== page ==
In personal testimony, Dr. Anthony F. Kirkpatrick of the University of South Florida's College of Medicine related a situation in which a Cuban child died because he did not receive pegaspargase, a drug only manufactured in the US and banned because of the embargo (The Tampa Tribune 26 Apr. 2000). The shortage of appropriate medicines and medical equipment for cancer patients is documented in the case of Carmen Cardenas, a Cuban woman, who was diagnosed with adult leukemia, in the attached 10 April 2001 MSNBC article.

In July 2000, a Canadian company, York Medical, secured the funds necessary to begin trials of Cuban cancer vaccines and antibodies in London, England (The Guardian 27 July 2000). Despite the US embargo and its consequences on the shortage of medicines in Cuba, the Cuban biotechnology industry has "made startling strides in developing revolutionary vaccines and antibodies against meningitis, hepatitis, and lung, breast, head and neck cancers" (ibid.). Please consult the attached article for additional information on the advances related to cancer treatment in Cuba.

The Canadian Child Welfare Research Unit at the University of Toronto reported that over 5,000 foreigners travel to Cuba each year for the quality of health care in Cuba, such as laser surgery and organ transplants for persons suffering from cancer and chronic neurological disorders (11 Oct. 2000).

Both the US House of Representatives and the US Senate voted in favour of legislation easing the sanctions against Cuba, North Korea, Sudan, Libya and Iran by allowing the export of food and medicines (FCLN 26 Apr. 2001; The Times of India 20 Oct. 2000). However, there was an exception in the legislation with regards to Cuba by prohibiting the financing of these exports by the US government or banks (ibid.). This exception is considered "restrictive" and it is unlikely that Cubans will benefit from the legislation (FCLN 26 Apr. 2001). The Cuban government has stated that it will not purchase food or medicine under the new US legislation (ibid.).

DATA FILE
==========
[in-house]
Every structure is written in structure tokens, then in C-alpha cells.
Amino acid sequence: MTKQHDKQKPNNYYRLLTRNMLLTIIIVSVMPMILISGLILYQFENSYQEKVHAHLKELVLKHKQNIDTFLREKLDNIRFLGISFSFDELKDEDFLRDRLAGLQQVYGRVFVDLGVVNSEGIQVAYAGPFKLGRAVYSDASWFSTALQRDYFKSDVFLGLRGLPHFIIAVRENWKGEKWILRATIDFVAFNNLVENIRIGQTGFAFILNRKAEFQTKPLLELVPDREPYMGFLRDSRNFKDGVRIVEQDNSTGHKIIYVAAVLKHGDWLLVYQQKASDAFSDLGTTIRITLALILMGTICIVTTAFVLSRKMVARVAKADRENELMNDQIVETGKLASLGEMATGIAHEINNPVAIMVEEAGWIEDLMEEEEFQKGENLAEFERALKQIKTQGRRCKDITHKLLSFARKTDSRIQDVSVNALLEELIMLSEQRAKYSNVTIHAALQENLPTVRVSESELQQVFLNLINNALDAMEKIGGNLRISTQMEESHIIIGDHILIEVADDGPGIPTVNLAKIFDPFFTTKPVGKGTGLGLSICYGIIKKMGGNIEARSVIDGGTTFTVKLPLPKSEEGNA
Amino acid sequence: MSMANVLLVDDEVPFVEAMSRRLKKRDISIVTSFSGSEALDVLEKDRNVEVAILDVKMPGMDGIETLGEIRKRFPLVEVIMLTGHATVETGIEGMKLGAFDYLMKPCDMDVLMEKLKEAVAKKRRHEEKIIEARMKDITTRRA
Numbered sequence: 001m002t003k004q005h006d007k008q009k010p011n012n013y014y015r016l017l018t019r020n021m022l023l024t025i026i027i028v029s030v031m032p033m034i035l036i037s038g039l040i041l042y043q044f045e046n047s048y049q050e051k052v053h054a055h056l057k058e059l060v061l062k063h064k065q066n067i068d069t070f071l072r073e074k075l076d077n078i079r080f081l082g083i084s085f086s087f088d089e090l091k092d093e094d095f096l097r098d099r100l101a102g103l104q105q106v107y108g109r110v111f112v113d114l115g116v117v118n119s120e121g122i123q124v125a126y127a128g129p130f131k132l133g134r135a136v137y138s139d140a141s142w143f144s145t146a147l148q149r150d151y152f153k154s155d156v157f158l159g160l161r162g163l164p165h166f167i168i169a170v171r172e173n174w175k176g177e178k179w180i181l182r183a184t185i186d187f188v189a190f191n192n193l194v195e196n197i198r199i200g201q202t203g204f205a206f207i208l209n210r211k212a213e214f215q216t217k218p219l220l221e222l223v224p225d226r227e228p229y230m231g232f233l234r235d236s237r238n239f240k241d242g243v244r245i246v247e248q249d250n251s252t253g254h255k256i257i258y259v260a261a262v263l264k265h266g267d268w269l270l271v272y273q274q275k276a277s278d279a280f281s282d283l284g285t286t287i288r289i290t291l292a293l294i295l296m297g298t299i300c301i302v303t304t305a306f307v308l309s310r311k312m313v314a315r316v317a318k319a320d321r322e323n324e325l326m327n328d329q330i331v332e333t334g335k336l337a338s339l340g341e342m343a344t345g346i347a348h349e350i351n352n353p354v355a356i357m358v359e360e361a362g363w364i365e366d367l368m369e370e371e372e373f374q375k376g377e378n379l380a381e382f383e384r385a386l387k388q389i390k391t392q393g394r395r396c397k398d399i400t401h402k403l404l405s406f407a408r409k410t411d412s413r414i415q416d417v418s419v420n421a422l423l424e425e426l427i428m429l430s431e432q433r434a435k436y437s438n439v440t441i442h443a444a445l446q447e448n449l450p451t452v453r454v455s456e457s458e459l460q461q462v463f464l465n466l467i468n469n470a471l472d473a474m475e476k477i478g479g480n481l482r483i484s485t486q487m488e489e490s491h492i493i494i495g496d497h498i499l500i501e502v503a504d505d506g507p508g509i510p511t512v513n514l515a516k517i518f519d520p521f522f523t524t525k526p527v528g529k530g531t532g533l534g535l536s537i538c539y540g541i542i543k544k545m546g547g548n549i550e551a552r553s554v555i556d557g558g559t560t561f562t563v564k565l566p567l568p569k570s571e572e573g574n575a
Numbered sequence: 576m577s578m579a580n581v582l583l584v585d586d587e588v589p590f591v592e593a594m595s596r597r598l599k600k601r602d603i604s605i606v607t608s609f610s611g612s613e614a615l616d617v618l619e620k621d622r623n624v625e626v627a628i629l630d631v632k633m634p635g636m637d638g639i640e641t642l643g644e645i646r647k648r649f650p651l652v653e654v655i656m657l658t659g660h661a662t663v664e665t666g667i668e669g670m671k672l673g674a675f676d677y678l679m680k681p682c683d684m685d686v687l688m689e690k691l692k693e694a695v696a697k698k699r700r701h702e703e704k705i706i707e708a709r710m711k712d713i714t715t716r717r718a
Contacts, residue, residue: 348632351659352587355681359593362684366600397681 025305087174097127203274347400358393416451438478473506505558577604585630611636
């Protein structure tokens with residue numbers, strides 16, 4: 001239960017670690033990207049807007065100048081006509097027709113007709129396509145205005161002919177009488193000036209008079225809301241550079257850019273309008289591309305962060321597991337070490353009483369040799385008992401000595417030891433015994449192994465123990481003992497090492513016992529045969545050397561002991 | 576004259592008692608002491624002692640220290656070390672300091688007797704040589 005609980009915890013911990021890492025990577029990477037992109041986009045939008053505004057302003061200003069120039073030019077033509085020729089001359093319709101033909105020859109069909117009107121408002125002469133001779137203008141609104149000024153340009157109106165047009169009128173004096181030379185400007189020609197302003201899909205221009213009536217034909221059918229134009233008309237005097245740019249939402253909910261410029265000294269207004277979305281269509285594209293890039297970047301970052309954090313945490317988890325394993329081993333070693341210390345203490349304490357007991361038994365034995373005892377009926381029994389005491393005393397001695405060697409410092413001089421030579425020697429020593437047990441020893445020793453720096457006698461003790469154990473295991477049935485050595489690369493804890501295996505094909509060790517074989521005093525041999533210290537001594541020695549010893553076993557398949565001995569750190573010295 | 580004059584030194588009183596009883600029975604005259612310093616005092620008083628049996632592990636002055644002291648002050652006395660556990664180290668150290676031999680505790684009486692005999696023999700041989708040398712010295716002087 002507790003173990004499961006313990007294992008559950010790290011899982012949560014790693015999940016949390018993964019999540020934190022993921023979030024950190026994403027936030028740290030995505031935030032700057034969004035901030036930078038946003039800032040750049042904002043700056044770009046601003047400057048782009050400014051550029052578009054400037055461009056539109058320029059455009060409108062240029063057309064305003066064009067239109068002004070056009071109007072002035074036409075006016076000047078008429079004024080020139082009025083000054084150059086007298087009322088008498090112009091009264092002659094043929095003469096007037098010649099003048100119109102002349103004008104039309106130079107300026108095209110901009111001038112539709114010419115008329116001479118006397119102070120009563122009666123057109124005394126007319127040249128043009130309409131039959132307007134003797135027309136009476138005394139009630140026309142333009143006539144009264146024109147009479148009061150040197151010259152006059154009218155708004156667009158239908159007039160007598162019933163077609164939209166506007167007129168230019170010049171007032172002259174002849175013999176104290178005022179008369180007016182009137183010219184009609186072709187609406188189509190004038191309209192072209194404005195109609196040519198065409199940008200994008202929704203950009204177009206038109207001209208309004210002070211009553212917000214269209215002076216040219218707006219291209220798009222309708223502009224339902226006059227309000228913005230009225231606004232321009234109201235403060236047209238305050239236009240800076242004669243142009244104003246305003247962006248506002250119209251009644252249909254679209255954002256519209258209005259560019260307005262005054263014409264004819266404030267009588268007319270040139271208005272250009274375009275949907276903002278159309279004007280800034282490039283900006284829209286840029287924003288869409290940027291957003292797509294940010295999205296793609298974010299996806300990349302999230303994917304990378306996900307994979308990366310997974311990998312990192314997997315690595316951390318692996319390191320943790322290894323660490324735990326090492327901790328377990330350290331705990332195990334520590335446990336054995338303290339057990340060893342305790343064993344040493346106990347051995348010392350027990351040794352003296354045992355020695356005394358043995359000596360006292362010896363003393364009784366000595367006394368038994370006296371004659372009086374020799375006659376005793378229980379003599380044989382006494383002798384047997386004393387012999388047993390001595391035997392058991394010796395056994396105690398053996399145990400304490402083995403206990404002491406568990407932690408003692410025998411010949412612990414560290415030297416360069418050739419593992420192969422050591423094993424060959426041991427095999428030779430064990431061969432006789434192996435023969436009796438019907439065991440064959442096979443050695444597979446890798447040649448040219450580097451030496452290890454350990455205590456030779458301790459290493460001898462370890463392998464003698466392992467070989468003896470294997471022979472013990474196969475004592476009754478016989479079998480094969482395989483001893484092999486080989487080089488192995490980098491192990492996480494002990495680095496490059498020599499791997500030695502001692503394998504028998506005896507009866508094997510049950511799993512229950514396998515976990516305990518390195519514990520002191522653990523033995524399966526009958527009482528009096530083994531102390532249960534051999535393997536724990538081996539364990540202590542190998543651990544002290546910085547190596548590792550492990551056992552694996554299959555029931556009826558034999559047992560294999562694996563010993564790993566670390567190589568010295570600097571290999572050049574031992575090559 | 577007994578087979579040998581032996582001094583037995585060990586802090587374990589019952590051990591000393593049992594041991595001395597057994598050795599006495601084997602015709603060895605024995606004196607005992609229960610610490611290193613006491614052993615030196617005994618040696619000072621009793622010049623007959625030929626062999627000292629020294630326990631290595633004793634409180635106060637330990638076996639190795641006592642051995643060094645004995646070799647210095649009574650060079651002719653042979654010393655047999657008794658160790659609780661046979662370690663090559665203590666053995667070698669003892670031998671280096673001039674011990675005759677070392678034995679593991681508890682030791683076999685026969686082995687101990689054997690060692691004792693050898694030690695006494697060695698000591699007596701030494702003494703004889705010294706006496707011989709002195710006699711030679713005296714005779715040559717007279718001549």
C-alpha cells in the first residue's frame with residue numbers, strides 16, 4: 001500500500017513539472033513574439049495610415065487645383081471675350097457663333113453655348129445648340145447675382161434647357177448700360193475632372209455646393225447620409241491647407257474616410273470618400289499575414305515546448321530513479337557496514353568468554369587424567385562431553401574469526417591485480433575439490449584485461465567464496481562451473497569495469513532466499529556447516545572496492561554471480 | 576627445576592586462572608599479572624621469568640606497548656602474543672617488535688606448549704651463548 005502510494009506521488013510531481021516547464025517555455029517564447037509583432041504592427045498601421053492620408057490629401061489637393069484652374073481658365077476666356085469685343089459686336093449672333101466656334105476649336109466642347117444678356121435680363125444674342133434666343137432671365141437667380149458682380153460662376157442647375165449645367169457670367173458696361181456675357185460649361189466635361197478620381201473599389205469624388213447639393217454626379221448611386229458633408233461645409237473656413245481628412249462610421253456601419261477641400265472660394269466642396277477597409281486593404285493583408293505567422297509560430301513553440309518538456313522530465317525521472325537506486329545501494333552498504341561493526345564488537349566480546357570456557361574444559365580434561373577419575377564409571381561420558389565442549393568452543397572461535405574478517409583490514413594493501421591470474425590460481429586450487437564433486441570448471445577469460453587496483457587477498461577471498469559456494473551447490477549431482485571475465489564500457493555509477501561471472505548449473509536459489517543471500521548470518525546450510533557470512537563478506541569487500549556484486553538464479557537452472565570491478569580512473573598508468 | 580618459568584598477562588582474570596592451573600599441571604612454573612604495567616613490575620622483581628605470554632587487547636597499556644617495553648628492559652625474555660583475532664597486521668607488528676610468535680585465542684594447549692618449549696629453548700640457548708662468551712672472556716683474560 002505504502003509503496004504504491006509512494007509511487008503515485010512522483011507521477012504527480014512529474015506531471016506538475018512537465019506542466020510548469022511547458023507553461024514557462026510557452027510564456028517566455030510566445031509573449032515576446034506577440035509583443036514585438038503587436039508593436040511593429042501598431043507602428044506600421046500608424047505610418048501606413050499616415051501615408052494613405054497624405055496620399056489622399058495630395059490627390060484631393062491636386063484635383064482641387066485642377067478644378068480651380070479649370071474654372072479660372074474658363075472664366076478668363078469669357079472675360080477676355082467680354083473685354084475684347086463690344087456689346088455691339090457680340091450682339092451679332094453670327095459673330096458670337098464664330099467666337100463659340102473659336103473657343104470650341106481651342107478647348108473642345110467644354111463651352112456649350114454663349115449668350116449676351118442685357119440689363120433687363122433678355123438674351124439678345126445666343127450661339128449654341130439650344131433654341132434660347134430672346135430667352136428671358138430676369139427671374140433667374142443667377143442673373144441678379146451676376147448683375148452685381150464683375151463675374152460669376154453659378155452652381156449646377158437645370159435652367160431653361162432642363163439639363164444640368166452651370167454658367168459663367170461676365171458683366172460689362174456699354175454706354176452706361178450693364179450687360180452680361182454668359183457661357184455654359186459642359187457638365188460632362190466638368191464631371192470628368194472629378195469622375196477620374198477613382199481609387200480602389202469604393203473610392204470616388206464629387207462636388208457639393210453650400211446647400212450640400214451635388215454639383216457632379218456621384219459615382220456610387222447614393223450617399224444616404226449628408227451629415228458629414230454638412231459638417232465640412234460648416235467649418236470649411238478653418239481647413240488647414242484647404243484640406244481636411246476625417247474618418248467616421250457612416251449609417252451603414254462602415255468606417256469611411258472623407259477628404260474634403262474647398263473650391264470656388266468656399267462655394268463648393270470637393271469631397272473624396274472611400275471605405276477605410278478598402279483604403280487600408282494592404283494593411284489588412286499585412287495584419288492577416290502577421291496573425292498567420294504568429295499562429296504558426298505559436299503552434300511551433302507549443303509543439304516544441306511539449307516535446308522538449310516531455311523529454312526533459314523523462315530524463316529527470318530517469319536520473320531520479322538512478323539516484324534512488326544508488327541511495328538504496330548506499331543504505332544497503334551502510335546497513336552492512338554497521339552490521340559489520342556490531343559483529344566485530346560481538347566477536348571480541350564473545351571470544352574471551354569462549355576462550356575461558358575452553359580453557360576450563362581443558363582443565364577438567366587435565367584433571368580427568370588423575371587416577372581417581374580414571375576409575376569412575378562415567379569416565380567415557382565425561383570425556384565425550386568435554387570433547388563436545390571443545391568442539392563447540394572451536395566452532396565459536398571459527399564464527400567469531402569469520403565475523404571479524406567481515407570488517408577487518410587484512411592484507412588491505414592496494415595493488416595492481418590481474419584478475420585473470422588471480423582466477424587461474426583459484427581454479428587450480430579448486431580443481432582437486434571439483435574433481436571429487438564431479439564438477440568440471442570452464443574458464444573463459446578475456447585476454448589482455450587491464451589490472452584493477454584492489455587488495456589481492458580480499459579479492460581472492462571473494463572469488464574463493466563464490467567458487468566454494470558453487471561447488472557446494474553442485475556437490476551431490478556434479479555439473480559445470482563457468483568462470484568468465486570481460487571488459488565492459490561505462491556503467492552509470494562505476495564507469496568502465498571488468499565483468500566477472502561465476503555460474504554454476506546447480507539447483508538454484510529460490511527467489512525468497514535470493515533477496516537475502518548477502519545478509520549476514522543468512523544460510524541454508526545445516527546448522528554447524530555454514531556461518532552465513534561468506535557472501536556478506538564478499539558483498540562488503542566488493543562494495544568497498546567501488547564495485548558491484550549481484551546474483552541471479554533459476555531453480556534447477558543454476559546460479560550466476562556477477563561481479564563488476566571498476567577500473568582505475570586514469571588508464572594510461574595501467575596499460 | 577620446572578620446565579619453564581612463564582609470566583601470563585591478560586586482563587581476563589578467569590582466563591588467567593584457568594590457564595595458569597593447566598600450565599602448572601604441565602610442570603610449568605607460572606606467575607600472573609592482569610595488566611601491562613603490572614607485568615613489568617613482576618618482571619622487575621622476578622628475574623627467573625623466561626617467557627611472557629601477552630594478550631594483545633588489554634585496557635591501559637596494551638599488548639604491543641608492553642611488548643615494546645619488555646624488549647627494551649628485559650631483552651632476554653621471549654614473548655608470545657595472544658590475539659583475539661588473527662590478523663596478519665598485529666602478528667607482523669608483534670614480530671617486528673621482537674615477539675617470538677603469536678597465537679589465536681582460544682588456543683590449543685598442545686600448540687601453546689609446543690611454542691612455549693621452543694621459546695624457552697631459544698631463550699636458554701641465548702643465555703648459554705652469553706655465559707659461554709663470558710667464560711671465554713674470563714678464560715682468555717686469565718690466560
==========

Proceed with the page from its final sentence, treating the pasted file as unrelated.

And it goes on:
Please consult the attached document which provides an executive summary of a report by the American Association for World Health entitled Denial of Food and Medicine: The Impact of the US Embargo on the Health and Nutrition in Cuba for additional information on the impact of the US embargo in Cuba.

This Response was prepared after researching publicly accessible information currently available to the Research Directorate within time constraints. This Response is not, and does not purport to be, conclusive as to the merit of any particular claim to refugee status or asylum.


Canadian Child Welfare Research Unit (CRW). 11 October 2000. "Cuba-Looking at Health Care." http://cwr.utoronto.ca/cultural/english/cuba/health.html [Accessed 6 June 2001]

Friends Committee on National Legislation (FCNL). 26 April 2001. "Cuba Sanctions Policy Update." http://www.fcnl.org/issues/int/sup/cuba_sanctionsupdate_42601.htm [Accessed 6 June 2001]

Global Exchange. 2 April 2001. "Cuba Fact Sheet -- A Few Important Points." http://www.globalexchange.org/campaigns/cuba/background/factsheet.html [Accessed 6 June 2001]

The Guardian [London]. 27 July 2000. Julian Borger. "Cuba Winning Cancer Race." http://www.guardian.co.uk/Distribution/Redirect_Artifact/0,4678,0-347399,00.html [Accessed 6 June 2001]

MSNBC. 10 April 2001. Mary Murray. "Embargo Hits Hard at Cuban Hospitals." http://stacks.msnbc.com/news/556944.asp?cp1=1#BODY [Accessed 6 June 2001]

The Tampa Tribune. 26 April 2000. Anthony F. Kirkpatrick. "U.S. Commits Child Abuse in Cuba." (NEXIS)

The Times of India 20 October 2000. "Senate Clears Legislation Easting Cuba Embargo." http://www.timesofindia.com/201000/20amrc3.htm [Accessed 6 June 2001]

US+CUBA Medical Project. 20 July 1998. Breast Cancer: The Impact of the Embargo. http://www.cubasolidarity.net/uscumedi.html#brcancer [Accessed 6 June 2001]

The Washington Post. 29 March 1999. Serge F. Kovaleski. "With Drugs Scarce, Cuba Tries Natural Cures." http://www.rose-hulman.edu/~delacova/cuba/cures.htm [Accessed 6 June 2001]


The American Association for World Health. March 1997. Denial of Food and Medicine: The Impact of the US Embargo on the Health and Nutrition in Cuba. http://www.cubasolidarity.net/aawh.html [Accessed 6 June 2001]

The Guardian [London]. 27 July 2000. Julian Borger. "Cuba Winning Cancer Race." http://www.guardian.co.uk/Distribution/Redirect_Artifact/0,4678,0-347399,00.html [Accessed 6 June 2001]

MSNBC. 10 April 2001. Mary Murray. "Embargo Hits Hard at Cuban Hospitals." http://stacks.msnbc.com/news/556944.asp?cp1=1#BODY [Accessed 6 June 2001]